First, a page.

Chevron said the fire was reported about 6:45 a.m. at the Lanco 7H well in Dunkard Township, near Bobtown, about 50 miles south of Pittsburgh. Chevron spokeswoman Lee Ann Wainwright said one worker remained missing Tuesday night and the other worker was released from the hospital after being treated for minor injuries. The workers' names were not released.
Department of Environmental Protection spokesman John Poister said the well is located in a rural area where no homes or schools are located nearby. He said a DEP team at the site found no signs of threats to public health, noting that the fire was burning off volatile organic compounds in the gas. However, the fire was burning so hot that DEP crews have had to stay about 300 yards away, he said.
Poister said the agency now suspects the explosion and fire occurred on the surface and didn't happen inside the well itself. The industry refers to incidents where they lose control of an oil or gas well as blowouts, but they can take place inside a well—because of a rapid increase in oil or gas pressure that ruptures pipes—or at the surface, because of sparks or other causes. Poister said further investigation will be needed.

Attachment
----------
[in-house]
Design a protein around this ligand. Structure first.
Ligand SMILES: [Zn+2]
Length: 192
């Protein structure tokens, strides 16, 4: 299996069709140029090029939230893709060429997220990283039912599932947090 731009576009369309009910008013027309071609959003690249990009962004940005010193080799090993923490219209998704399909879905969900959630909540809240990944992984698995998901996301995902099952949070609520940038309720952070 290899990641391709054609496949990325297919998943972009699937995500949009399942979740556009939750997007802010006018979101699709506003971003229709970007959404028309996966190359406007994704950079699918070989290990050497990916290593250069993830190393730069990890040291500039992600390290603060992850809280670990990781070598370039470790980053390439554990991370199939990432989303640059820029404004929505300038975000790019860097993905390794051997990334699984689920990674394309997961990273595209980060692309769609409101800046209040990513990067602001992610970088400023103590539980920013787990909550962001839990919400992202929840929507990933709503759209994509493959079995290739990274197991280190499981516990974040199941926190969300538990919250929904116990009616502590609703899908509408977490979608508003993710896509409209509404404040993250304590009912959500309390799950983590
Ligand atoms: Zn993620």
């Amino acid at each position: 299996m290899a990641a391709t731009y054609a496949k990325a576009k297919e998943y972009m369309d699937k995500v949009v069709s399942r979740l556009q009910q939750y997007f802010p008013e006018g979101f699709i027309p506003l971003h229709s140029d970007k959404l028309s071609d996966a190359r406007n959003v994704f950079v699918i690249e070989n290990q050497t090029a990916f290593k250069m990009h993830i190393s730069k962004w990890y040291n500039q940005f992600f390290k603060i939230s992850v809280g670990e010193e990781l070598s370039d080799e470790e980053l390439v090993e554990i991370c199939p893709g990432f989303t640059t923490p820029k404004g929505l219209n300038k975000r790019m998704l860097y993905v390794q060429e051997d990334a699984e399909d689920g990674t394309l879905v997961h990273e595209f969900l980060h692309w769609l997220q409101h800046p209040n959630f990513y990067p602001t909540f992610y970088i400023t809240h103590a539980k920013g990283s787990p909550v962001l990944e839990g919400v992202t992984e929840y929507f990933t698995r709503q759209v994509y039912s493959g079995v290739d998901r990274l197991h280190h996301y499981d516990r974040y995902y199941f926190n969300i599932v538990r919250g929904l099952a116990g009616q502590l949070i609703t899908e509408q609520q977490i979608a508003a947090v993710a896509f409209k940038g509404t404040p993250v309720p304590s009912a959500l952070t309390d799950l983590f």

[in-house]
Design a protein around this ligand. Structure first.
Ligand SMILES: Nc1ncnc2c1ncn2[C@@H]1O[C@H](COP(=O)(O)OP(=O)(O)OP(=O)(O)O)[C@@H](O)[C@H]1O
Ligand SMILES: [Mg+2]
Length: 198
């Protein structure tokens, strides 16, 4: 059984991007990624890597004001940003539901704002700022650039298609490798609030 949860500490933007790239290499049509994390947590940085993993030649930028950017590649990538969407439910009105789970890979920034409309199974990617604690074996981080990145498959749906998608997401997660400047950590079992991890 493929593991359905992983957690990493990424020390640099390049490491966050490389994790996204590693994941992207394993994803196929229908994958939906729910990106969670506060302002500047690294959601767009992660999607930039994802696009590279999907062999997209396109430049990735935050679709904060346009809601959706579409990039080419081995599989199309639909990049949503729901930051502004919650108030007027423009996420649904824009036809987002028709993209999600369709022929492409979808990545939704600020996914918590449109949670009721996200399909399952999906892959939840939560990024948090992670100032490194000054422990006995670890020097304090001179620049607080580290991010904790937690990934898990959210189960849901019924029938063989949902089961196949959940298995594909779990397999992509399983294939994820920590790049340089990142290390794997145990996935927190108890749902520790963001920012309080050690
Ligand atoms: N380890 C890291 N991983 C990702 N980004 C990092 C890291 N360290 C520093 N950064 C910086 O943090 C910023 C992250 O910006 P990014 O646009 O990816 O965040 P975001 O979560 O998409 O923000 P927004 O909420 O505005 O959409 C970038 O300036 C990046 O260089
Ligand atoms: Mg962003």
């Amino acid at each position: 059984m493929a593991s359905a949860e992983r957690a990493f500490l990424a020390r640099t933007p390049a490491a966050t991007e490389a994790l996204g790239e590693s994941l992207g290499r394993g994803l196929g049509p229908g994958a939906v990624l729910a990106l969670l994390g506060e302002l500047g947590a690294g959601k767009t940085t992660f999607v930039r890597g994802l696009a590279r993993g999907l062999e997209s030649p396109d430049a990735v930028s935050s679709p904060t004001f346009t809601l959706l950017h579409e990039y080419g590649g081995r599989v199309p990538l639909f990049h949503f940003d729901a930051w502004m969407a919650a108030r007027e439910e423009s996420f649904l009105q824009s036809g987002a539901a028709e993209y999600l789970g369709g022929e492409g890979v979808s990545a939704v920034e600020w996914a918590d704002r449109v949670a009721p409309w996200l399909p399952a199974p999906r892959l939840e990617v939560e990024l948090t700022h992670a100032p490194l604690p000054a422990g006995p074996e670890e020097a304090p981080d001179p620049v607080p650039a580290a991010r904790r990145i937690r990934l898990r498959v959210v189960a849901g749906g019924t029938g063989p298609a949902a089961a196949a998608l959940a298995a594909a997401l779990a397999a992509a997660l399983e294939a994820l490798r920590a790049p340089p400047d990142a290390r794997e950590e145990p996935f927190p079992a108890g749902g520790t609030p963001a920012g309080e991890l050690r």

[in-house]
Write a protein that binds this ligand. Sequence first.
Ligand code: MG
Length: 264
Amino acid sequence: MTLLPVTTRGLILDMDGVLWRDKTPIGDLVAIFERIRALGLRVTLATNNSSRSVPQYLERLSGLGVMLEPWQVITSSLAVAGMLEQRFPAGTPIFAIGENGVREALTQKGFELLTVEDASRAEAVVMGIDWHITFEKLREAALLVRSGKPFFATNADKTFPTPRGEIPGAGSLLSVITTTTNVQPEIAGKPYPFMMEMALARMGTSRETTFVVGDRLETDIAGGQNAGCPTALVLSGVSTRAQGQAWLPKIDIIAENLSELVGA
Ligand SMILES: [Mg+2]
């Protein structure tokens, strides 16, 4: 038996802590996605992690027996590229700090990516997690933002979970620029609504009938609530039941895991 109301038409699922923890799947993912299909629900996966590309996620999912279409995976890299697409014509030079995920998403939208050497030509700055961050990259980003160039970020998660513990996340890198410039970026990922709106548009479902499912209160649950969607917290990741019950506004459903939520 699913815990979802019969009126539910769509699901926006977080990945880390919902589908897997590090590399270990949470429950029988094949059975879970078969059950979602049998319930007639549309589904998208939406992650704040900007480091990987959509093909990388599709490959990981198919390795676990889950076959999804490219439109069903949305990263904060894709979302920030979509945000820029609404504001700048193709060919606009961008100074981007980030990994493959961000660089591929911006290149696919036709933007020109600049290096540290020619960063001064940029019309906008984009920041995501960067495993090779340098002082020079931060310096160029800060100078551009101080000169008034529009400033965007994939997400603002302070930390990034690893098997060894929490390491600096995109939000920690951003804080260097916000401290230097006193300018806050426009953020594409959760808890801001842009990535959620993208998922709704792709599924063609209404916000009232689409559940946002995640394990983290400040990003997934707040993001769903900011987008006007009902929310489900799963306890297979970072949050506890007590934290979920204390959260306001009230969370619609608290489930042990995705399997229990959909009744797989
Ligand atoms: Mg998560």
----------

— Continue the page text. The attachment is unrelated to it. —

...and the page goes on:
Poister said of the missing worker that everyone "just hopes for the best.
Chevron had previously completed drilling and hydraulically fracturing, or fracking, the well and was in the final stages of using steel pipe to hook it up to a pipeline distribution network for production, he said.
State police established a half-mile perimeter around the well.
"We want to find out how this happened and why," Poister said, adding that it was the first serious Marcellus Shale well explosion in western Pennsylvania.
The Marcellus Shale formation lies under large parts of Pennsylvania, West Virginia, Ohio and other neighboring states; it's currently the country's most productive natural gas field.
Poister said experts from Houston-based Wild Well Control arrived on the site Tuesday evening to begin working out a plan to extinguish the fire. The Texas company specializes in responding to well site fires around the country, and Wild Well representative Patti Green provided statistics that suggest major fires are rare. In the U.S. last year, Wild Well responded to five surface well blowouts accompanied by fires and 25 other surface blowouts that had no fires.